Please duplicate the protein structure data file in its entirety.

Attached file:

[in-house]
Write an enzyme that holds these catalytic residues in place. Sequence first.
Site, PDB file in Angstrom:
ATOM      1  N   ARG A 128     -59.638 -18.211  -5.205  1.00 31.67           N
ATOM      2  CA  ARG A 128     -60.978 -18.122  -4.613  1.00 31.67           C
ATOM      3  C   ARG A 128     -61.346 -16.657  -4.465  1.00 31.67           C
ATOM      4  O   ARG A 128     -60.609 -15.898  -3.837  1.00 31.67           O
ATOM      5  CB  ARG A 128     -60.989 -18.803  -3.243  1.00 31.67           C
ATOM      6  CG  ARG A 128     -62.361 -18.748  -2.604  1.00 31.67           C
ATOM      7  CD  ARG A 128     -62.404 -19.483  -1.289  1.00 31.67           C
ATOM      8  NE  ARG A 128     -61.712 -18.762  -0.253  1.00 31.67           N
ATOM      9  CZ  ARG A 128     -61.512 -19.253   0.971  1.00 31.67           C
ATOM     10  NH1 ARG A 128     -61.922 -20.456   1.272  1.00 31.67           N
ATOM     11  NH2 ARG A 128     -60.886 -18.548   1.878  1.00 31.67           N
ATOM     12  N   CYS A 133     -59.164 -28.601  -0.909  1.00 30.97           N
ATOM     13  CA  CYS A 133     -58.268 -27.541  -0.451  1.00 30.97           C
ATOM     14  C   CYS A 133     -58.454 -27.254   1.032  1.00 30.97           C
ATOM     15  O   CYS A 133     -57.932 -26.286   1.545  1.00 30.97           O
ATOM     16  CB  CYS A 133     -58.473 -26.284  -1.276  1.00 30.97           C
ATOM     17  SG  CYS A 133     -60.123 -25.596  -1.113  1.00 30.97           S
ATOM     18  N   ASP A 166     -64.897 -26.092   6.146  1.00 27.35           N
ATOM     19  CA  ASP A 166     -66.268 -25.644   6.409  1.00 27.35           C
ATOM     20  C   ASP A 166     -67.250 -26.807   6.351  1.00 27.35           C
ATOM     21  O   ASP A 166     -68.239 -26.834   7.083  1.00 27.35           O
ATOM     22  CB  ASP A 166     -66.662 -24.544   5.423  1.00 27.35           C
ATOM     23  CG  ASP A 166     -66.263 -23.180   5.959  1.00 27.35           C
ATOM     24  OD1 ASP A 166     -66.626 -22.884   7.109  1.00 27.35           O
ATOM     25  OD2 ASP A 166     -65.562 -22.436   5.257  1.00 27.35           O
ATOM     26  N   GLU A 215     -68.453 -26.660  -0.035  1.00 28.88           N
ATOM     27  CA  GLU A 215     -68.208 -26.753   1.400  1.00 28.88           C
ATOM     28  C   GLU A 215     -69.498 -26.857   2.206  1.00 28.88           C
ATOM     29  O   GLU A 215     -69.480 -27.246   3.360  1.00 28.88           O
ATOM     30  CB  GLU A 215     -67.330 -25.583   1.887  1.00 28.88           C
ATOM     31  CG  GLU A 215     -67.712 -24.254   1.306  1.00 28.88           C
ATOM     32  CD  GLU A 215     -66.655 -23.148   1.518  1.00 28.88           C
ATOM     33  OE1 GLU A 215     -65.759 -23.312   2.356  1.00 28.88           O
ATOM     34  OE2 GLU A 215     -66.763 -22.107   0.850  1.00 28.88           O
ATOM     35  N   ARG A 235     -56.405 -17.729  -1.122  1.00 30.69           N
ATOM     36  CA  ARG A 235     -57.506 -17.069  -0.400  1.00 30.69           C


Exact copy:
[in-house]
Write an enzyme that holds these catalytic residues in place. Sequence first.
Site, PDB file in Angstrom:
ATOM      1  N   ARG A 128     -59.638 -18.211  -5.205  1.00 31.67           N
ATOM      2  CA  ARG A 128     -60.978 -18.122  -4.613  1.00 31.67           C
ATOM      3  C   ARG A 128     -61.346 -16.657  -4.465  1.00 31.67           C
ATOM      4  O   ARG A 128     -60.609 -15.898  -3.837  1.00 31.67           O
ATOM      5  CB  ARG A 128     -60.989 -18.803  -3.243  1.00 31.67           C
ATOM      6  CG  ARG A 128     -62.361 -18.748  -2.604  1.00 31.67           C
ATOM      7  CD  ARG A 128     -62.404 -19.483  -1.289  1.00 31.67           C
ATOM      8  NE  ARG A 128     -61.712 -18.762  -0.253  1.00 31.67           N
ATOM      9  CZ  ARG A 128     -61.512 -19.253   0.971  1.00 31.67           C
ATOM     10  NH1 ARG A 128     -61.922 -20.456   1.272  1.00 31.67           N
ATOM     11  NH2 ARG A 128     -60.886 -18.548   1.878  1.00 31.67           N
ATOM     12  N   CYS A 133     -59.164 -28.601  -0.909  1.00 30.97           N
ATOM     13  CA  CYS A 133     -58.268 -27.541  -0.451  1.00 30.97           C
ATOM     14  C   CYS A 133     -58.454 -27.254   1.032  1.00 30.97           C
ATOM     15  O   CYS A 133     -57.932 -26.286   1.545  1.00 30.97           O
ATOM     16  CB  CYS A 133     -58.473 -26.284  -1.276  1.00 30.97           C
ATOM     17  SG  CYS A 133     -60.123 -25.596  -1.113  1.00 30.97           S
ATOM     18  N   ASP A 166     -64.897 -26.092   6.146  1.00 27.35           N
ATOM     19  CA  ASP A 166     -66.268 -25.644   6.409  1.00 27.35           C
ATOM     20  C   ASP A 166     -67.250 -26.807   6.351  1.00 27.35           C
ATOM     21  O   ASP A 166     -68.239 -26.834   7.083  1.00 27.35           O
ATOM     22  CB  ASP A 166     -66.662 -24.544   5.423  1.00 27.35           C
ATOM     23  CG  ASP A 166     -66.263 -23.180   5.959  1.00 27.35           C
ATOM     24  OD1 ASP A 166     -66.626 -22.884   7.109  1.00 27.35           O
ATOM     25  OD2 ASP A 166     -65.562 -22.436   5.257  1.00 27.35           O
ATOM     26  N   GLU A 215     -68.453 -26.660  -0.035  1.00 28.88           N
ATOM     27  CA  GLU A 215     -68.208 -26.753   1.400  1.00 28.88           C
ATOM     28  C   GLU A 215     -69.498 -26.857   2.206  1.00 28.88           C
ATOM     29  O   GLU A 215     -69.480 -27.246   3.360  1.00 28.88           O
ATOM     30  CB  GLU A 215     -67.330 -25.583   1.887  1.00 28.88           C
ATOM     31  CG  GLU A 215     -67.712 -24.254   1.306  1.00 28.88           C
ATOM     32  CD  GLU A 215     -66.655 -23.148   1.518  1.00 28.88           C
ATOM     33  OE1 GLU A 215     -65.759 -23.312   2.356  1.00 28.88           O
ATOM     34  OE2 GLU A 215     -66.763 -22.107   0.850  1.00 28.88           O
ATOM     35  N   ARG A 235     -56.405 -17.729  -1.122  1.00 30.69           N
ATOM     36  CA  ARG A 235     -57.506 -17.069  -0.400  1.00 30.69           C